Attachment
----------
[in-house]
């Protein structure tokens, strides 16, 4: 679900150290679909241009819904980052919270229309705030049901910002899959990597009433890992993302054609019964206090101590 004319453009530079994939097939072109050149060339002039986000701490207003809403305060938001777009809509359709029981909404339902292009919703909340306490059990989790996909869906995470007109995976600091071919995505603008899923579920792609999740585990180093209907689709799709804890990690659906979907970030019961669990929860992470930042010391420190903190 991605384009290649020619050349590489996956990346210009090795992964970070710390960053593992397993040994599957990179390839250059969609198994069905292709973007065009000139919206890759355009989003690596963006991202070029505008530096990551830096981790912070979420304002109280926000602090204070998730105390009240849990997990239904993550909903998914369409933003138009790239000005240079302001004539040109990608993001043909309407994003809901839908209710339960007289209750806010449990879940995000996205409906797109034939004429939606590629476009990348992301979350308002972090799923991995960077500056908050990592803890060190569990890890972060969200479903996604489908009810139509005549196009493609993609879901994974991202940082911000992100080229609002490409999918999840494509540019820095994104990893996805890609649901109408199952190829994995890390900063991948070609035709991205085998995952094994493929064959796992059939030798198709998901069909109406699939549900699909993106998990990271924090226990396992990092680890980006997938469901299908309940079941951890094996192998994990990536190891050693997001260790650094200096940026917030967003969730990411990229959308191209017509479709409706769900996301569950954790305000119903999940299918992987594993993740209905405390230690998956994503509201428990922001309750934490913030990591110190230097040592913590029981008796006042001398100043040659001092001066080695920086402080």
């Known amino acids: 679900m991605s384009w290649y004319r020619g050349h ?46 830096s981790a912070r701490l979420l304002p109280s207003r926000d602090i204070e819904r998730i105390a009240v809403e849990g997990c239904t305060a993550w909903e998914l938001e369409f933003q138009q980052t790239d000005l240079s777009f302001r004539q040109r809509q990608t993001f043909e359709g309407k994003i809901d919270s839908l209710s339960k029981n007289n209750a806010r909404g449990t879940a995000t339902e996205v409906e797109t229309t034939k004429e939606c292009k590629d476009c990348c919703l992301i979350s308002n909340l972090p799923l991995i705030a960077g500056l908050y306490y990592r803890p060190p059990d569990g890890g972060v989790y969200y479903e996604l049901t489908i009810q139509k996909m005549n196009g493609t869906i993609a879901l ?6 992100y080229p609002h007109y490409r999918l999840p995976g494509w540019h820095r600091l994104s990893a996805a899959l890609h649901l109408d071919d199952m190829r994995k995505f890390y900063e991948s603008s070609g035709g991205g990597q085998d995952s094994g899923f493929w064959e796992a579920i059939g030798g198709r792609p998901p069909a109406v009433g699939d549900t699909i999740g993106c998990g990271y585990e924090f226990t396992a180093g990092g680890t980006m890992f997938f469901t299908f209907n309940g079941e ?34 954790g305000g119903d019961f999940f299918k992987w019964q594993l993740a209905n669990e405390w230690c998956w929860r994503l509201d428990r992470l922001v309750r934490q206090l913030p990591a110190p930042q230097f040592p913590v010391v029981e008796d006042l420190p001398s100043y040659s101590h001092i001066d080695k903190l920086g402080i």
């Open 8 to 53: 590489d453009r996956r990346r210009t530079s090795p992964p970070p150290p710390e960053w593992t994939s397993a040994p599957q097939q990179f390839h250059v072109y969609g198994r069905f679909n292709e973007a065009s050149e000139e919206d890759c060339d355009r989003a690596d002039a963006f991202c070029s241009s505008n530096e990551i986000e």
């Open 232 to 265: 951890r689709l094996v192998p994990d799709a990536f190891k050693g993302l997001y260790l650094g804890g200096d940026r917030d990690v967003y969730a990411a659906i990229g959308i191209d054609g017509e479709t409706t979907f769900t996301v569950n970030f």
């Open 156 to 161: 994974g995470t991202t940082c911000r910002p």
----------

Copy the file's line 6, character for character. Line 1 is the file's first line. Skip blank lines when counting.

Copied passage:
């Open 156 to 161: 994974g995470t991202t940082c911000r910002p």